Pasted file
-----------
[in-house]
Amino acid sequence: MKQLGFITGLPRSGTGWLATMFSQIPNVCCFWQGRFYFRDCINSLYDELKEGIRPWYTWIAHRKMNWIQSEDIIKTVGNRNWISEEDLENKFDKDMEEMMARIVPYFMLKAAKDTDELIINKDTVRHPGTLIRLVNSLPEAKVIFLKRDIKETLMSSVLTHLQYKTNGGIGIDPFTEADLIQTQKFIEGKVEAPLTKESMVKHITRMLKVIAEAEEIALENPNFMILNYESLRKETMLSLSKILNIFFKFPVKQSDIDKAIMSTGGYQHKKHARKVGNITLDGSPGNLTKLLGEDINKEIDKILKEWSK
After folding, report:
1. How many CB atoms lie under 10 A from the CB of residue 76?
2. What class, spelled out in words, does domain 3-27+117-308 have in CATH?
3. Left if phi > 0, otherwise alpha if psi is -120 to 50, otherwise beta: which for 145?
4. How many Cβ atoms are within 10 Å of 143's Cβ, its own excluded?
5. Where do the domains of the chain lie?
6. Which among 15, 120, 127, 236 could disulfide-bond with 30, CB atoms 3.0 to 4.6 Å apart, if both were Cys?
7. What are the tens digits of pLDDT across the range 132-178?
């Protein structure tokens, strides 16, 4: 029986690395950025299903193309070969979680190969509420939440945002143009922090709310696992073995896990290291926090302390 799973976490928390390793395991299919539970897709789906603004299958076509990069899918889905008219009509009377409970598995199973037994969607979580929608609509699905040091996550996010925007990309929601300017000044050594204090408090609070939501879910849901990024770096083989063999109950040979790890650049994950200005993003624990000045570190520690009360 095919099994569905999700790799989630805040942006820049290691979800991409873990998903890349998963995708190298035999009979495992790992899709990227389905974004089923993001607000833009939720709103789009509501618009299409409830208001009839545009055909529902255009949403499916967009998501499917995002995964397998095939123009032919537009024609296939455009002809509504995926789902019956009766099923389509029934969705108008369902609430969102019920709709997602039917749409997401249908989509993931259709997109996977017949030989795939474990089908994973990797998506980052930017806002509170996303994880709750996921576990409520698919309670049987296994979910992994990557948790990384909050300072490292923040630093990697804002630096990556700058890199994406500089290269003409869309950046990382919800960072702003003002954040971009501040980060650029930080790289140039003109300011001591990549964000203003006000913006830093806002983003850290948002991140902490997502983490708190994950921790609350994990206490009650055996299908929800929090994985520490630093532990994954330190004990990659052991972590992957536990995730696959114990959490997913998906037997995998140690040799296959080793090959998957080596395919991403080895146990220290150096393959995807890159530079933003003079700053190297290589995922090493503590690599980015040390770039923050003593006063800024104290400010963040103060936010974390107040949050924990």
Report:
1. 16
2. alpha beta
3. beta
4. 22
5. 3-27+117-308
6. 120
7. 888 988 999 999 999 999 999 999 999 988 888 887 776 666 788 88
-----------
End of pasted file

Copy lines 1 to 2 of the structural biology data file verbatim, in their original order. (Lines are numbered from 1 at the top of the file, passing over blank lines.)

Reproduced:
[in-house]
Amino acid sequence: MKQLGFITGLPRSGTGWLATMFSQIPNVCCFWQGRFYFRDCINSLYDELKEGIRPWYTWIAHRKMNWIQSEDIIKTVGNRNWISEEDLENKFDKDMEEMMARIVPYFMLKAAKDTDELIINKDTVRHPGTLIRLVNSLPEAKVIFLKRDIKETLMSSVLTHLQYKTNGGIGIDPFTEADLIQTQKFIEGKVEAPLTKESMVKHITRMLKVIAEAEEIALENPNFMILNYESLRKETMLSLSKILNIFFKFPVKQSDIDKAIMSTGGYQHKKHARKVGNITLDGSPGNLTKLLGEDINKEIDKILKEWSK